which schools to look at for dyslexic dd living in North London(10 Posts)
My DD is in year 5. Summer born. Has always struggled academically but good at sports and creative stuff. Recently tested for dyslexia and had it confirmed. She has a particular problem with spelling and maths but her reading has really come on since end of year 3 beginning of year 4 when she started to enjoy it and reads every night. We are currently exploring some options for secondary schools and would like to choose one that she will feel happiest at and with good support for her needs.( as well as good sports, art facilities, extra curricular opportunities and good pastoral support!) We have seen Parliament Hill girls which we all liked and Highgate woods which we were less impressed with. Have heard good things about Dame Alice Owen and as we are in Islington we would be able to apply albeit with an entrance exam. Northbridge House has been mentioned to me as having good dyslexia support and also St Christophers in Letchworth. Does anyone have any experience/views on these or other potential schools to consider? Would Highgate school be too academically challenging for her? Don't want her to feel intimidated and out of her depth. We will obviously visit the schools and judge for ourselves but any further options to consider or useful info about an of the schools mentioned would be great. Thanks
I'd say entry to DAO is unlikely as even the top kids per class don't get in, even with a year of intense preparation. I think the odds are something like well in excess of 1000 kids test for 65 places. A child who struggles academically is unlikely to succeed.
Being dyslexic is not the same as not being academic, though obviously you can be both. Has she had a full assessment done. This should give you some idea of her strengths and weakenesses and the person giving the assessment may well have knowledge of local schools and how suitable/supportive they would be.
There is not necessarily a correlation between a less academic school and good dyslexia support. Its more a case of looking at your daughters strengths and weaknesses and trying to find a good fit. If you are reasonably open with a secondary school, acknowledge there are weakensses along with the strengths and offer to help support, they will decide whether she will cope. One advantage of the British system is that you really specialise at A levels, so a child who is, say, weak at English but good at science ought to take off at that point.
A few ideas:
1. If your child is having to concentrate hard in the classroom think about smaller classes and a quieter culture.
2. If a girls is good at maths/science but stuggles with english think about co-ed. More boys than girls seem to have this profile.
3. Look at her friendship group and where they are going. It sounds odd but at primary DD was friendly with a group of nice studious girls, yet the school was recommending she only tried for non selective schools along with the clique already known as "the rich girls". We ignored the school's advice and applied for several academic schools, albeit ones with a slightly wider range. She was offered places at two of them and in sixth form has the same aspirations as her former friendship group.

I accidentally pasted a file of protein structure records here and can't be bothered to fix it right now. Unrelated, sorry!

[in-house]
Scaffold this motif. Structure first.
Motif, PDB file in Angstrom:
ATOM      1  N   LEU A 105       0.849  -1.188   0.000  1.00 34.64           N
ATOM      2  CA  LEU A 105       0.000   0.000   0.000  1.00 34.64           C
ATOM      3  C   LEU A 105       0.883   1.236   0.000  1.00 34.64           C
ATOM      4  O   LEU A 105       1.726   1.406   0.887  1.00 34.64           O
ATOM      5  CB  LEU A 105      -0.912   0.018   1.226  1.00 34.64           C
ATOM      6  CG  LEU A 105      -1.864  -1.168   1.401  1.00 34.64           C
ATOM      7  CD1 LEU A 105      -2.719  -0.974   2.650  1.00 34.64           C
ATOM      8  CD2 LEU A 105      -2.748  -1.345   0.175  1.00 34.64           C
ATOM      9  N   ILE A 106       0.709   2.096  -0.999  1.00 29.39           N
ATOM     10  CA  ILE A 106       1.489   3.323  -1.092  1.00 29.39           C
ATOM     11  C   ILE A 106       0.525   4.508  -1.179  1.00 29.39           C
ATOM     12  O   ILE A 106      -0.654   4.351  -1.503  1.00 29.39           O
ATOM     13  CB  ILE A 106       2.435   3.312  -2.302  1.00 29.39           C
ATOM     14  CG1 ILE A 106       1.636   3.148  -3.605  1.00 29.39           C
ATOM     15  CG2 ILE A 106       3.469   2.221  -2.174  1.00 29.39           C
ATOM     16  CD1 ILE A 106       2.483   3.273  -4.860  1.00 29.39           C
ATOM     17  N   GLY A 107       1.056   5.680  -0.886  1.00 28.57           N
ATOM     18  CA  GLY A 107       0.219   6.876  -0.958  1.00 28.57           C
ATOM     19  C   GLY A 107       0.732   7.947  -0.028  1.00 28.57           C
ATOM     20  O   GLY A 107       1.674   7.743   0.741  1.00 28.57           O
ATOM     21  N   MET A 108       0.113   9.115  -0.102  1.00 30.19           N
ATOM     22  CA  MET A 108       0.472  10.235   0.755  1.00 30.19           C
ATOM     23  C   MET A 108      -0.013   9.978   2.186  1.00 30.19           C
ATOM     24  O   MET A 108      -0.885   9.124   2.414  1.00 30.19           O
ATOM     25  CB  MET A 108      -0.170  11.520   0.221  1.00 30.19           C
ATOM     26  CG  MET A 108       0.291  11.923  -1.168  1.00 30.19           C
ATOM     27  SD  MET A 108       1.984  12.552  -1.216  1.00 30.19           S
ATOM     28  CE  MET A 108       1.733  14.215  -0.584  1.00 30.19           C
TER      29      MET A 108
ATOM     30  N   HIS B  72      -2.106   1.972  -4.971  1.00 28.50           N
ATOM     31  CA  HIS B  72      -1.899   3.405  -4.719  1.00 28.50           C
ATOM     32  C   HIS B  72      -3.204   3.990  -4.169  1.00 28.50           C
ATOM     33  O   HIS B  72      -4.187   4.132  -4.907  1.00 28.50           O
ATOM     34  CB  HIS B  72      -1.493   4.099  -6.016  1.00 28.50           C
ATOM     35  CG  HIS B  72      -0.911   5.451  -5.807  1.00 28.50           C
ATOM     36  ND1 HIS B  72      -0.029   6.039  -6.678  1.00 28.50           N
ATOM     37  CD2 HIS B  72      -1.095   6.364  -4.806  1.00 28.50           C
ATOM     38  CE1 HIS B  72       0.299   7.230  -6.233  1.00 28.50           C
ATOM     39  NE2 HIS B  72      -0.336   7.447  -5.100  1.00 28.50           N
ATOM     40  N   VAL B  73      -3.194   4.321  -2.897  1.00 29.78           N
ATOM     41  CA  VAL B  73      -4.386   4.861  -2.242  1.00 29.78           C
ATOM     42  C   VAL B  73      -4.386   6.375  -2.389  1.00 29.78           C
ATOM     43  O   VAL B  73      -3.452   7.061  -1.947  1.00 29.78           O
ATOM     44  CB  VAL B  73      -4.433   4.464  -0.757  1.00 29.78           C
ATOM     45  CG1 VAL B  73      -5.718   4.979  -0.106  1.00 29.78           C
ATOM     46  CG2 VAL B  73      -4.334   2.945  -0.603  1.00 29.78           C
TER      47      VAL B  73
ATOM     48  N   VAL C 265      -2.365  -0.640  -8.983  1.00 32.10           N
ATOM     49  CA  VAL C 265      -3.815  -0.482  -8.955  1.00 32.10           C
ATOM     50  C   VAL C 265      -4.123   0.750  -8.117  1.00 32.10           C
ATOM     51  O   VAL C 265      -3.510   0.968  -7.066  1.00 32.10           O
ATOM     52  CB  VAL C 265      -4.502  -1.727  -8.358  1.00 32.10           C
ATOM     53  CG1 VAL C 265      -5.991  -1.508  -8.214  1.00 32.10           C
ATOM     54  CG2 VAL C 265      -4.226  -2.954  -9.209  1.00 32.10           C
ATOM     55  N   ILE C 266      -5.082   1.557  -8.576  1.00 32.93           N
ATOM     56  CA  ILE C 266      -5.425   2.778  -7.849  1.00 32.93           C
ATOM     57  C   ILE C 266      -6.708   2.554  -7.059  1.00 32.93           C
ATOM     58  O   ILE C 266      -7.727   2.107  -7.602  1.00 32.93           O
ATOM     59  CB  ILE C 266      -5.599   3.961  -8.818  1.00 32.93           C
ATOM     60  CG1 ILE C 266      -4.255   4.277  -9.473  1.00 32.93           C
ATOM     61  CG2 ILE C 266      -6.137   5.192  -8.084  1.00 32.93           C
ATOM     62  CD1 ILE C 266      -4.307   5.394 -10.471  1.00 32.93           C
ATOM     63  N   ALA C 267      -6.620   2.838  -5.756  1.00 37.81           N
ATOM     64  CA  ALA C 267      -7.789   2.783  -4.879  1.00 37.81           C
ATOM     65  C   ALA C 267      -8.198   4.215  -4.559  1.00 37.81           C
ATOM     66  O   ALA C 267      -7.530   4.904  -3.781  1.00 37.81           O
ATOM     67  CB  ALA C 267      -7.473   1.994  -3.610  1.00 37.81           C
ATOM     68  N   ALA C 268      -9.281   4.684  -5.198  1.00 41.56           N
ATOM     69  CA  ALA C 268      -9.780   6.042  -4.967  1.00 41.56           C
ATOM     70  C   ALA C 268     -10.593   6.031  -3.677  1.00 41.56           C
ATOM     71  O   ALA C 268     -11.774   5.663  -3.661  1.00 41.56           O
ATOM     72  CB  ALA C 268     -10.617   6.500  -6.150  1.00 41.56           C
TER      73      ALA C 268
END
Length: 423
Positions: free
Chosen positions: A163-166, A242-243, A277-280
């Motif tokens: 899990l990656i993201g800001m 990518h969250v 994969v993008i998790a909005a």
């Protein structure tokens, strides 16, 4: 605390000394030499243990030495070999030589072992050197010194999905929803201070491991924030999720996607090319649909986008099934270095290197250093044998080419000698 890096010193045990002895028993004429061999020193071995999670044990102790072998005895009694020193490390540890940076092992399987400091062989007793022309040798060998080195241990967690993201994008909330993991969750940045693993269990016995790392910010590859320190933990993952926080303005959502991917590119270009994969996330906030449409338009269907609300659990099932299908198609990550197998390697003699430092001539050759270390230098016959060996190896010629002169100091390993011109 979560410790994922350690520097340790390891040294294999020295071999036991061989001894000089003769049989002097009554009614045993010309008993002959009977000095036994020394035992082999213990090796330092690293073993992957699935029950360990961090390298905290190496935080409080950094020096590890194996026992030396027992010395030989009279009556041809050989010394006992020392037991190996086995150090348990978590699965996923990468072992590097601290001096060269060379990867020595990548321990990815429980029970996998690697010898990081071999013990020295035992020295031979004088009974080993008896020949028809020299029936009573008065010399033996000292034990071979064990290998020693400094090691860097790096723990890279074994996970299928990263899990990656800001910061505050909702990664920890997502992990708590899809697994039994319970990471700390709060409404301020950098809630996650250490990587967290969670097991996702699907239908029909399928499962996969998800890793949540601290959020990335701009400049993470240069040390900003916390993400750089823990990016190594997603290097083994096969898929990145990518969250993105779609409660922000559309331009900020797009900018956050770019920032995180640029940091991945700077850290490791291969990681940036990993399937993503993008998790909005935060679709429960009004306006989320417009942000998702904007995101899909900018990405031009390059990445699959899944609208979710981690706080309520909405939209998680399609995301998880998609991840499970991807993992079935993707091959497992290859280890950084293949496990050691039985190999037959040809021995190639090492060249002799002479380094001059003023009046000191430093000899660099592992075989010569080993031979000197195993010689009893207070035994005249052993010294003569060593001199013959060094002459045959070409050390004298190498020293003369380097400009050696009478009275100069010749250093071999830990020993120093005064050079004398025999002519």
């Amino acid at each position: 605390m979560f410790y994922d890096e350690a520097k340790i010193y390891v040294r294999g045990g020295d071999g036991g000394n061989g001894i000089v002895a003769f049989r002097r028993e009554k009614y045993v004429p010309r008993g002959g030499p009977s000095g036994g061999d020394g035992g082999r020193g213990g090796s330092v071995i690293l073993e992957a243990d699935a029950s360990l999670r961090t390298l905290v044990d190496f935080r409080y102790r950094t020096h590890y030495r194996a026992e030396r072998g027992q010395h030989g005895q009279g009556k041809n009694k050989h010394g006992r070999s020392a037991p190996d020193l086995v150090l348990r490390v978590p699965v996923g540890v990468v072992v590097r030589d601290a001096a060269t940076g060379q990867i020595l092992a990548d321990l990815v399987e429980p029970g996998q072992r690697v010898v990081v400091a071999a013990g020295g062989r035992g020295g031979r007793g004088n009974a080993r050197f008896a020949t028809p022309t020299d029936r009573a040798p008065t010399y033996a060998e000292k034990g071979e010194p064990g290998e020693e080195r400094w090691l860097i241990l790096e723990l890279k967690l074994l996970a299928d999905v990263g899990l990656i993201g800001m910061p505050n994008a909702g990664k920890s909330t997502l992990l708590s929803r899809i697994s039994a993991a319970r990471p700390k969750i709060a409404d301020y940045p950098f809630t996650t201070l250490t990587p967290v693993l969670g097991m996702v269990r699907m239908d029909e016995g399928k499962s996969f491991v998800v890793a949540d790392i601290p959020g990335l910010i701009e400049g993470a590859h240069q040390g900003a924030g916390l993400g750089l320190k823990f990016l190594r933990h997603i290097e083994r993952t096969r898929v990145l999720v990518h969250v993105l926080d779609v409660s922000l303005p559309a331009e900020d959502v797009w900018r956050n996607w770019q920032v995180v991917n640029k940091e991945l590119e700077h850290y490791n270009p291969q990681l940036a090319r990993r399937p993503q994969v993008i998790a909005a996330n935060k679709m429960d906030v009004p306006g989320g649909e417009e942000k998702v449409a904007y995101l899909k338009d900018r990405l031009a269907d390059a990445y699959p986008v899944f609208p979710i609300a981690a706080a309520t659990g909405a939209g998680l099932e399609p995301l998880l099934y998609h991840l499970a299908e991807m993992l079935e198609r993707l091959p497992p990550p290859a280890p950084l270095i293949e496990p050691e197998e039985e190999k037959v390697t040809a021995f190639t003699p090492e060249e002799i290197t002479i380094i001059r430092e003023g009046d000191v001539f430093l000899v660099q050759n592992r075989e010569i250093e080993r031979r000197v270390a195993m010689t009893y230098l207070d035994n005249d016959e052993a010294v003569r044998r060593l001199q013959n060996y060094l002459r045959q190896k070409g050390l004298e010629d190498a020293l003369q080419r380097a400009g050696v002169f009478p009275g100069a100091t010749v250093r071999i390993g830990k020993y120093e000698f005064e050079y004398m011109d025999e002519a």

4. Be prepared to support, especially with maths and English. These are building block subjects and if she struggles with either, this will feed into other subjects, and indeed into life in general. Look at study skills. How does she learn/revise. Is orally with a lot of testing better than trying to read from a book. Listening in class is then very important. Can she find a friend who is prepared, formally or informally, to be a study buddy and allow her to copy notes. If she learns orally and is taking a language see try to find exposure to the language, even if it is listening to French radio, or wathing some classic films etc.
5. Encourage her to do something extra-curricular: drama, music, sport. Good for self-esteem and it also helps build resiliance which might then flow through to the classroom. Ideally the secondary school is one which welcomes achievement in the music room or on the sports field.
My DD is dyslexic and is at North London Collegiate School. It has been fantastic for her, they have given her lots of support. Her self esteem, which was very low when she started in Y7 is much much higher now. Drama, music and art are really important there as well as the more academic subjects, and she has done well at these, which is probably why she is so much happier. The humanities and languages are a struggle, and the school is sympathetic. Her maths and sciences are good.
I realise that NLCS doesn't really have a reputation for being good for girls with learning difficulties, but in our experience they have been great.
Same for us at NLCS! They understand that clever comes in different flavours.
Thanks for writing something encouraging. I know your comments are a year old. We removed our DD from an independent locally as they had no real idea of how to support her. A year of a state school has been relaxing for her, but her spelling seems to have regressed, so we do wonder if we could ever find a sympathetic and helpful independent school. She is bright, socially gifted and joyful and we would be too sad to see this eroded. I guess we must keep on searching. Thank you.
St Margarets in Bushey for amazing pastoral care and SEN support?
I have a DD at St Chris, and would recommend it.
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